In about 40 days, the Cassini spacecraft plunges to its death inside Saturn’s vicious atmosphere. But before its final descent, Cassini will hunt for tiny moons that NASA suspects are hidden amid the planet’s vast, iconic rings.
The spacecraft’s next orbit, its 287th, begins on August 4, and it will pass one of the curious gashes in Saturn’s famous disk. NASA scientists first spotted the anomalies in 2004, and they assumed football field-sized moons were responsible for creating the three-mile long slashes. In the images, however, they couldn’t find evidence of any such diminutive space rocks. A close flyby in the coming week may reveal these supposed moonlets.
Scientists call these gashes “propellers.” As you can see in the photo above, the gashes are a bit crooked, like a plane’s propellers. When first analyzing the images thirteen years ago, Cassini researchers concluded that the propeller gashes “are much like the wave pattern that trails after a speedboat as it skims across a smooth lake.” Yet, Saturn’s rings are like no smooth lake. They’re much more varied and uneven, like a “choppy sea,” which would make the propellers difficult to find.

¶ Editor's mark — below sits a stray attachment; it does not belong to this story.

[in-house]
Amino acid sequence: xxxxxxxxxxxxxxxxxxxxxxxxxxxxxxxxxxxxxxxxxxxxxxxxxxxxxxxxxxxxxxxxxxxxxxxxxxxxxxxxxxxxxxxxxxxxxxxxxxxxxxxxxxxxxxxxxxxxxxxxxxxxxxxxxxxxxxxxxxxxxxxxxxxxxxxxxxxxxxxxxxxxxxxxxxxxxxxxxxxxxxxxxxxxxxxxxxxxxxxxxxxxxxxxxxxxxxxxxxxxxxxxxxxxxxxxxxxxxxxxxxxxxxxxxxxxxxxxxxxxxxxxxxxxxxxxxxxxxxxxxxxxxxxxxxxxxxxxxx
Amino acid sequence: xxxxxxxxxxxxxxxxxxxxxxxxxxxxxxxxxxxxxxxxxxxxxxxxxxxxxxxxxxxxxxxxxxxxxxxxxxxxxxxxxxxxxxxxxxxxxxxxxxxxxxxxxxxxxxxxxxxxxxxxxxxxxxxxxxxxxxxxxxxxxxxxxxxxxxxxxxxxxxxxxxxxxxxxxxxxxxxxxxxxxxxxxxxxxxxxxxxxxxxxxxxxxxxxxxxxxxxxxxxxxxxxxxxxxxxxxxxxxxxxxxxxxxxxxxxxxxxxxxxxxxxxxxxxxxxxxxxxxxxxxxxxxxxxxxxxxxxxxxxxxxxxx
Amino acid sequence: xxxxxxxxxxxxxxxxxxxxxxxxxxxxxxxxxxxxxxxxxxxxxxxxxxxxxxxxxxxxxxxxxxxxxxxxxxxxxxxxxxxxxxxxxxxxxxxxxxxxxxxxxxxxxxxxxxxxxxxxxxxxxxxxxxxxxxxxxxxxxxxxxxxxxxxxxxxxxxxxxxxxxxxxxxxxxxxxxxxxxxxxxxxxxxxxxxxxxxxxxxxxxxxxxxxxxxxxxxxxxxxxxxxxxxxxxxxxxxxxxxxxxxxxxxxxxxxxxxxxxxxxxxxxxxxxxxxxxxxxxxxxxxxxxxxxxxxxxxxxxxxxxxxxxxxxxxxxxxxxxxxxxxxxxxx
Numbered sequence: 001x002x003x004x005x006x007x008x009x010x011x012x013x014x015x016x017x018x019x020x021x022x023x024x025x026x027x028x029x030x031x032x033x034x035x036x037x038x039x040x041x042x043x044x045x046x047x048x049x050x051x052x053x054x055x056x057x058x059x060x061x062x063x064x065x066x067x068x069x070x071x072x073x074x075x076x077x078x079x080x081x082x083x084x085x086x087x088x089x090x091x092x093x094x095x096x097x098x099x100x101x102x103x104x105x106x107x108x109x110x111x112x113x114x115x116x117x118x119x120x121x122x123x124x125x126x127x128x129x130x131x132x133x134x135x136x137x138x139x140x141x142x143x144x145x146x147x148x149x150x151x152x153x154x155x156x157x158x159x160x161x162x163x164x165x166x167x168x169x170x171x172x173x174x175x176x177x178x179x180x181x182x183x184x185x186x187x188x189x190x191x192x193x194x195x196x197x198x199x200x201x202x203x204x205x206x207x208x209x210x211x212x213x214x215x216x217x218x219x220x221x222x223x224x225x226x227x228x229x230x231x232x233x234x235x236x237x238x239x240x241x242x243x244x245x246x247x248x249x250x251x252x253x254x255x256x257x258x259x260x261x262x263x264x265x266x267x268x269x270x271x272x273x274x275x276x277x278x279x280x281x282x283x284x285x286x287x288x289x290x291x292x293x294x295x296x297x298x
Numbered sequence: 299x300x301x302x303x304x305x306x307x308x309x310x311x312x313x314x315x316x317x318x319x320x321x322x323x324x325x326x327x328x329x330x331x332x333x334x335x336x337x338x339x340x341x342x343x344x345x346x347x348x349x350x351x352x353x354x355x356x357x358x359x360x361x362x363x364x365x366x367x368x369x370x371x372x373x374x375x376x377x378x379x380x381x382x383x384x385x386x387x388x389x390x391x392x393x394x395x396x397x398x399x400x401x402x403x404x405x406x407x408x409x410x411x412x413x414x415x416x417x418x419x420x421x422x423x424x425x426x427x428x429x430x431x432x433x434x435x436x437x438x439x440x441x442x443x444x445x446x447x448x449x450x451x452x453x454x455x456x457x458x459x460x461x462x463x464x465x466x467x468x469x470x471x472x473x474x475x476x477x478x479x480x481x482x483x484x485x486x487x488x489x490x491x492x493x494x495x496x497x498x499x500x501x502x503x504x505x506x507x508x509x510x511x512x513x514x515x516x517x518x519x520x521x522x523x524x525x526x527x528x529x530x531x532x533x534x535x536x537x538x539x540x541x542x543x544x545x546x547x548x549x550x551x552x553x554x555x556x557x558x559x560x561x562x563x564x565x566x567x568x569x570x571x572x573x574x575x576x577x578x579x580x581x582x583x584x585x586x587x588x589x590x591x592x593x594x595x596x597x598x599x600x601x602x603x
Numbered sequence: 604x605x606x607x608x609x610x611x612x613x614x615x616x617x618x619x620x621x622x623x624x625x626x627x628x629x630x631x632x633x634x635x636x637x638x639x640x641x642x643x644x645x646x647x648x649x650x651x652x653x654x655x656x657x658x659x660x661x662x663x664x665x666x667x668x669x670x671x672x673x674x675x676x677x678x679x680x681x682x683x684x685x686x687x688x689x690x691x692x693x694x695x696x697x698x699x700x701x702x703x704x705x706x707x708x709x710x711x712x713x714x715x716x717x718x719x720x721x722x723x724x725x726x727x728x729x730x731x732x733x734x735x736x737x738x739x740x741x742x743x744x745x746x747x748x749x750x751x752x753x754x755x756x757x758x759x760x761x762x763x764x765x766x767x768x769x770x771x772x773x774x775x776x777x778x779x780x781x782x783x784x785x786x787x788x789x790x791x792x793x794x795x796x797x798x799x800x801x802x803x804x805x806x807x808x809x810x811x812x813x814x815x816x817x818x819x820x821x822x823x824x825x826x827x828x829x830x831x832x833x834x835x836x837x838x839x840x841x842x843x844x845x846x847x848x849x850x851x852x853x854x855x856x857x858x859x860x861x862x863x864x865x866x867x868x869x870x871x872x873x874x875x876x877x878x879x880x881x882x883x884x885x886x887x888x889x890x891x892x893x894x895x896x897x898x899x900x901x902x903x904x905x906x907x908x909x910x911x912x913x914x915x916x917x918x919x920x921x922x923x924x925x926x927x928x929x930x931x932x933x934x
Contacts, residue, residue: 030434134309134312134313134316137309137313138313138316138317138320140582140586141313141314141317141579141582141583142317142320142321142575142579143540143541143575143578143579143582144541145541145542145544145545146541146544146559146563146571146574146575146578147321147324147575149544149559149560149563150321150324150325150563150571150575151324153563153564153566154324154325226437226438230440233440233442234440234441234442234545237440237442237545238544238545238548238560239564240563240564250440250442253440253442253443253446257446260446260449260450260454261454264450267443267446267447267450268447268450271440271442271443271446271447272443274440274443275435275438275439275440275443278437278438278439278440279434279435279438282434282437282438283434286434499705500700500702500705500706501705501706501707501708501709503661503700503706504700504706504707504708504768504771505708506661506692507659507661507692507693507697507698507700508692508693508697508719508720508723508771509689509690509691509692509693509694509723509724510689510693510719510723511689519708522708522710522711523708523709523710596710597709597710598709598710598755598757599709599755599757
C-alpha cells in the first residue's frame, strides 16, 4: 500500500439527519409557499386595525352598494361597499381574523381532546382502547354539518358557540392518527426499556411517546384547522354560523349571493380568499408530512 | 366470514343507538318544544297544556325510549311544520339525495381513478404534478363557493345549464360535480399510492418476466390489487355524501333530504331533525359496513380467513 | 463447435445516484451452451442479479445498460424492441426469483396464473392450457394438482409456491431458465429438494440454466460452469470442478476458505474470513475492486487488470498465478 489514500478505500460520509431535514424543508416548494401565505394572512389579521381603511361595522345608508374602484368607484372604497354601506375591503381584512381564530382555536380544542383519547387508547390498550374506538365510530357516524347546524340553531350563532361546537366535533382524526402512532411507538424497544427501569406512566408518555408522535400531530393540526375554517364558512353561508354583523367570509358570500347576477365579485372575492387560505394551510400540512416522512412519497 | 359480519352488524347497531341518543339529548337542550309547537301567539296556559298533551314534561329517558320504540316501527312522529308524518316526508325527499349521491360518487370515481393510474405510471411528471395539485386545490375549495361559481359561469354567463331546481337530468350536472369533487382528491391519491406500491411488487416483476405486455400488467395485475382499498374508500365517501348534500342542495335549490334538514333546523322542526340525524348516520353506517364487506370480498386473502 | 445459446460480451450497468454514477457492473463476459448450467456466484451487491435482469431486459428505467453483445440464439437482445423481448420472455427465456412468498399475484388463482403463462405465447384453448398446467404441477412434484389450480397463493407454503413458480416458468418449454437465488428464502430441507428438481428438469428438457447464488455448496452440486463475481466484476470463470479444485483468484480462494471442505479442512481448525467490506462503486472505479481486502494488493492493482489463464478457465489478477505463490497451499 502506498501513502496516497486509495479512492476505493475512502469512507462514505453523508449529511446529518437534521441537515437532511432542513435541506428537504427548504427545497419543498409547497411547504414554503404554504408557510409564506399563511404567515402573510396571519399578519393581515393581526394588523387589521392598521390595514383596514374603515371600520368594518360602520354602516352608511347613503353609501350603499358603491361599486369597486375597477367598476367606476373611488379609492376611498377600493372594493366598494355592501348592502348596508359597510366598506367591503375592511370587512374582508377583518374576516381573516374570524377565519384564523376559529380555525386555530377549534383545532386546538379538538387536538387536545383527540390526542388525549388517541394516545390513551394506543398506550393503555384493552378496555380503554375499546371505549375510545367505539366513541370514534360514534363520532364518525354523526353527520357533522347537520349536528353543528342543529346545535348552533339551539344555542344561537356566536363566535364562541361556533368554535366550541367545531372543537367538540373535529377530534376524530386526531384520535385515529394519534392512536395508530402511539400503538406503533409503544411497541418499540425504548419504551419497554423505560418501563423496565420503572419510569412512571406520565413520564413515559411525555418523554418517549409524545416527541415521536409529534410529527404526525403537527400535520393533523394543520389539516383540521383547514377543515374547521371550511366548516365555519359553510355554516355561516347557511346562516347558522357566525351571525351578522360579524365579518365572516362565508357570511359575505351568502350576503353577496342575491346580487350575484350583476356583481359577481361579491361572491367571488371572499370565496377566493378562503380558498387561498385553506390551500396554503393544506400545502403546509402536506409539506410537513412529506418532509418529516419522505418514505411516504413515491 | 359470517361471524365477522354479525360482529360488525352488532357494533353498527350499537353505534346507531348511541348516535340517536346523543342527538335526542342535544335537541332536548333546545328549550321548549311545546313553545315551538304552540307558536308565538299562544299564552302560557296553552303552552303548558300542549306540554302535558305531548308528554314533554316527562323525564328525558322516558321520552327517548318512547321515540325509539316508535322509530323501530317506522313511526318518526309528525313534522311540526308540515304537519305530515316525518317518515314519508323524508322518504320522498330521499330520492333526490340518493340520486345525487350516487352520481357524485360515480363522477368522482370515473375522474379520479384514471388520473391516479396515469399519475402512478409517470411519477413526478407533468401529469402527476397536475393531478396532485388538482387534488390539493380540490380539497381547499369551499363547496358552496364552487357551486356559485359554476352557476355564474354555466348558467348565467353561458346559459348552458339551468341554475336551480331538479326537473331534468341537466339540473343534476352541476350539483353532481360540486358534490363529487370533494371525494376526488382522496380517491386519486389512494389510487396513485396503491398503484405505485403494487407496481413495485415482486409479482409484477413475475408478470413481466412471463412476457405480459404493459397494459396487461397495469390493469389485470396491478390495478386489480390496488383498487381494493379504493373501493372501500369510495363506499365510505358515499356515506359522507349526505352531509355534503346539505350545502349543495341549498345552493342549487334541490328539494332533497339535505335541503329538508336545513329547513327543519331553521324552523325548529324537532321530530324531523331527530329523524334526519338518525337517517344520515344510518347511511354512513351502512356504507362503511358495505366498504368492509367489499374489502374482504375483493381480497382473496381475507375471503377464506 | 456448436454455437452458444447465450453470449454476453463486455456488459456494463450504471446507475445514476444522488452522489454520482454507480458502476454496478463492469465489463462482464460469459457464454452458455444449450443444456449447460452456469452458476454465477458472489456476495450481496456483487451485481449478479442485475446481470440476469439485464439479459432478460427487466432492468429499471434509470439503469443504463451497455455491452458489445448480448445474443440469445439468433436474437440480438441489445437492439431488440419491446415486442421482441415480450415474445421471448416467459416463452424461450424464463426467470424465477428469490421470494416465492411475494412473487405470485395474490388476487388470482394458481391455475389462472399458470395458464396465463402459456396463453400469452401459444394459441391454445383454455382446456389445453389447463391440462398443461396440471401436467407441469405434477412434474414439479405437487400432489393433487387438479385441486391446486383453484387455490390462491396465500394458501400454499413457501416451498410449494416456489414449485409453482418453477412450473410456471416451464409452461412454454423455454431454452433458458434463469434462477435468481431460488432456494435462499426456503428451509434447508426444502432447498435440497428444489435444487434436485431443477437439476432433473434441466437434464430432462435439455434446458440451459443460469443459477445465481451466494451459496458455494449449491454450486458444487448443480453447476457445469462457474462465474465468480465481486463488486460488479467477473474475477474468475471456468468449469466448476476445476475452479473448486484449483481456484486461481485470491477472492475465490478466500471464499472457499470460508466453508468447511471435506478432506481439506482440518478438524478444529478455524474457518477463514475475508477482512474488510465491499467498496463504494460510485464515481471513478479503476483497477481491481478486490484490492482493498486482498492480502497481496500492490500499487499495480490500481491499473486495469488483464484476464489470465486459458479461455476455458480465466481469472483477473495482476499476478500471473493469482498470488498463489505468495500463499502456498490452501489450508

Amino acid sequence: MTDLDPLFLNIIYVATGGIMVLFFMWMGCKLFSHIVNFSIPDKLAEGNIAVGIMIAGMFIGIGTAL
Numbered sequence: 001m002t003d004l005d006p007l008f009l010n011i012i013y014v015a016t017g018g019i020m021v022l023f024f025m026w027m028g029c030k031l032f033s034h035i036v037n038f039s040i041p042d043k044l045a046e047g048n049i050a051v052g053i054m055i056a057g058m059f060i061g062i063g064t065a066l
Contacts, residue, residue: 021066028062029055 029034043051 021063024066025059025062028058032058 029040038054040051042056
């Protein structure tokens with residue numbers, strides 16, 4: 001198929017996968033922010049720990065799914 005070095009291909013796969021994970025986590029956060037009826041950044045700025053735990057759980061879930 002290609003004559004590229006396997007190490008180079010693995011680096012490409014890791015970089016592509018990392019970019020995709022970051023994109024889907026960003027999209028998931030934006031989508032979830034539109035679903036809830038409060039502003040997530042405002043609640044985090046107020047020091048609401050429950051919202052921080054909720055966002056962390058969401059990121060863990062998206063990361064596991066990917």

If these moonlets do exist, they are tiny, nothing like the large moons beyond Saturn’s risk. During orbit 287, Cassini will have a chance to further investigate the clouds and surface of Titan, the planet’s largest moon. The moon contains a dense nitrogen atmosphere with wispy methane clouds. It’s the only known world outside our own that contains bodies of liquid — although its lakes are composed of methane. Cassini will also study Saturn’s northern aurora. Much like Earth’s auroras, these are extravagant light shows caused by energetic particles from the sun slamming into Saturn’s upper atmosphere.
After orbit 287, Cassini will have just six missions left. It will drop into Saturn’s heavy atmosphere on September 15, destroying any evidence of having spent years orbiting the planet and its many moons.